There are knitters from all over helping people from all over and being featured in media stories this week. A 17-year-old New Jersey knitter spent Christmas money on yarn so she could knit hats to give to people who need a little warmth, and she's already donated 10 to a local soup kitchen.
A group of New Zealand knitters knit warm and colorful vests for a group of kids in India and received a special thank you photograph. A yarn shop owner in Massachusetts has started a charity knitting group at her shop, and they've already donated an afghan and a shawl to women in need. A Canadian knitter has knit 1,000 hats in the past four years to warm the children of Pakistan, while middle school students in San Antonio have learned to knit and crochet so they could make hats for babies and young cancer patients and students at a high school in Brooklyn are knitting blankets for people suffering with HIV/AIDS.
A Canadian knitter based in the appropriately named town of Chilliwack knit up a bunch of hats and scarves that were donated to kids at a local elementary school, and she's looking for help to continue warming area kids, and knitters at a Winnipeg retirement home have seen to it that the animals at a local shelter will be warm and cozy through the winter with the donation of crafted cat blankets.
A knitter and librarian in Cleveland left a legacy of knitting and behind when she died of ovarian cancer in 2010. Not only was her collection of knitting books donated to the library, her yarn stash was put to use to keep her fellow Clevelanders warm. Library staff started Warm-Up Cleveland to donate knit items to shelters and others in need. In 2010 more than 200 items were donated and last year more than 500 warm hats, scarves, mittens and more were donated -- along with more yarn to keep the project going.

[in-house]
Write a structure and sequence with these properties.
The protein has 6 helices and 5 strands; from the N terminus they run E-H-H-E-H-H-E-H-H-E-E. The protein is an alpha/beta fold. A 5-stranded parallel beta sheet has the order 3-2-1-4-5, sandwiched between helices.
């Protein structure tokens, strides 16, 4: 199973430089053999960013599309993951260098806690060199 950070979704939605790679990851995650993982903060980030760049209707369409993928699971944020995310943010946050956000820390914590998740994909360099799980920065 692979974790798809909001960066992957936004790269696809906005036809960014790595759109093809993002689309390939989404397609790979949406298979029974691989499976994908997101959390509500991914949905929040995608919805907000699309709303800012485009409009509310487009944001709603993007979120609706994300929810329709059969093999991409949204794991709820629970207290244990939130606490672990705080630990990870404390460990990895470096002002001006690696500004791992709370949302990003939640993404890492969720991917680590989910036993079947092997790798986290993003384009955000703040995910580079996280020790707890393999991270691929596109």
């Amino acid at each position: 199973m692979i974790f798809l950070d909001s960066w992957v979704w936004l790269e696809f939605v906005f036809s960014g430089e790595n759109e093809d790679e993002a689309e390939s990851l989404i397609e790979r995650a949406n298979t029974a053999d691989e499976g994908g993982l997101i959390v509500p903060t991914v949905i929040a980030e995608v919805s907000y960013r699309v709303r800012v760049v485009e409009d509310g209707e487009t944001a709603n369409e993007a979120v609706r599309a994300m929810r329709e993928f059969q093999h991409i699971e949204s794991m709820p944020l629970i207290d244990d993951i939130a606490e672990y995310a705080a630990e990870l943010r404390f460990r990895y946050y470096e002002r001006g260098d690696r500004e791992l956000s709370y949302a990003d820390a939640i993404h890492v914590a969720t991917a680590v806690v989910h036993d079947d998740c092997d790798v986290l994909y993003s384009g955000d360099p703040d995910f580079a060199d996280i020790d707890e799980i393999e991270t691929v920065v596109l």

Students at an alternative high school in Forest Grove, Ore., have suggested making knitting an elective course, but administrators worry the class won't be rigorous enough to be considered schoolwork. The four girls and a boy who started a knitting club at the school said they'd like to get credit for their yarny efforts, and the proposal would make knitting worth half a credit.
A University of Kentucky knitter is using a project requirement of a fellowship she received to knit together the community and the wider world. The Gaines Fellowship, awarded this year to Catherine Brereton, requires recipients to create a project that connects the university to the wider community, and she decided to have others contribute to a knit quilt dedicated to the gay and lesbian community. It's full of stories of people who died of AIDS or committed suicide, but it's also a celebration of the community. The finished quilt will be auctioned to fund a scholarship.
Finally, in audio-visual knitting news, there's the cute story of Minnesota knitters who will only be watching the Super Bowl to check out the scarves, and the profile of a British knitters who's fallen into knitting for big-time movies, including some of the Harry Potter series and the new Steven Spielberg movie "War Horse." Jane Whatley has been a part-time movie knitter for the past 12 years and says she worked for more than 150 hours on garments for "War Horse," most of which were "weathered" or intentionally dirtied and messed up to make for more realistic battle scenes.